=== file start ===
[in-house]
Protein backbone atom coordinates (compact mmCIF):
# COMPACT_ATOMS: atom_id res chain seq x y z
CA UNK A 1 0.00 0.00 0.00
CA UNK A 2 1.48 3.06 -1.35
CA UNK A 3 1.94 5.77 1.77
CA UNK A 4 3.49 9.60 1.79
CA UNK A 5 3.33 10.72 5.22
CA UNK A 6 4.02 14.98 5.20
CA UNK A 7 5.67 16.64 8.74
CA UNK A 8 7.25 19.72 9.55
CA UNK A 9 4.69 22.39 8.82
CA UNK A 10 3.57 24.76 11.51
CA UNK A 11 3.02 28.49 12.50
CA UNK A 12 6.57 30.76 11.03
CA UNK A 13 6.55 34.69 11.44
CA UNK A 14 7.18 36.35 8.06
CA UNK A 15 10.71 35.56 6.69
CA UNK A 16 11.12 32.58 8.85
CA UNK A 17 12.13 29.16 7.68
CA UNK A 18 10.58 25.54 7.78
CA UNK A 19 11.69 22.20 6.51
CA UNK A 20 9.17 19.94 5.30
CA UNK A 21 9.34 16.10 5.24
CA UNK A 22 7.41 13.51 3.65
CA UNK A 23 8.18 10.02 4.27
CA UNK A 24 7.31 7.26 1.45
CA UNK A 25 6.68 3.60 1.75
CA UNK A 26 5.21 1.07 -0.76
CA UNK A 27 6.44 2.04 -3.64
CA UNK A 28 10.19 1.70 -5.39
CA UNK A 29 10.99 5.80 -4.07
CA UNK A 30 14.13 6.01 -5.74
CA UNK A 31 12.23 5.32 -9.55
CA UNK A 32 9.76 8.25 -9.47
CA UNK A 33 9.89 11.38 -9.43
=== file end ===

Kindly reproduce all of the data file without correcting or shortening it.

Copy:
[in-house]
Protein backbone atom coordinates (compact mmCIF):
# COMPACT_ATOMS: atom_id res chain seq x y z
CA UNK A 1 0.00 0.00 0.00
CA UNK A 2 1.48 3.06 -1.35
CA UNK A 3 1.94 5.77 1.77
CA UNK A 4 3.49 9.60 1.79
CA UNK A 5 3.33 10.72 5.22
CA UNK A 6 4.02 14.98 5.20
CA UNK A 7 5.67 16.64 8.74
CA UNK A 8 7.25 19.72 9.55
CA UNK A 9 4.69 22.39 8.82
CA UNK A 10 3.57 24.76 11.51
CA UNK A 11 3.02 28.49 12.50
CA UNK A 12 6.57 30.76 11.03
CA UNK A 13 6.55 34.69 11.44
CA UNK A 14 7.18 36.35 8.06
CA UNK A 15 10.71 35.56 6.69
CA UNK A 16 11.12 32.58 8.85
CA UNK A 17 12.13 29.16 7.68
CA UNK A 18 10.58 25.54 7.78
CA UNK A 19 11.69 22.20 6.51
CA UNK A 20 9.17 19.94 5.30
CA UNK A 21 9.34 16.10 5.24
CA UNK A 22 7.41 13.51 3.65
CA UNK A 23 8.18 10.02 4.27
CA UNK A 24 7.31 7.26 1.45
CA UNK A 25 6.68 3.60 1.75
CA UNK A 26 5.21 1.07 -0.76
CA UNK A 27 6.44 2.04 -3.64
CA UNK A 28 10.19 1.70 -5.39
CA UNK A 29 10.99 5.80 -4.07
CA UNK A 30 14.13 6.01 -5.74
CA UNK A 31 12.23 5.32 -9.55
CA UNK A 32 9.76 8.25 -9.47
CA UNK A 33 9.89 11.38 -9.43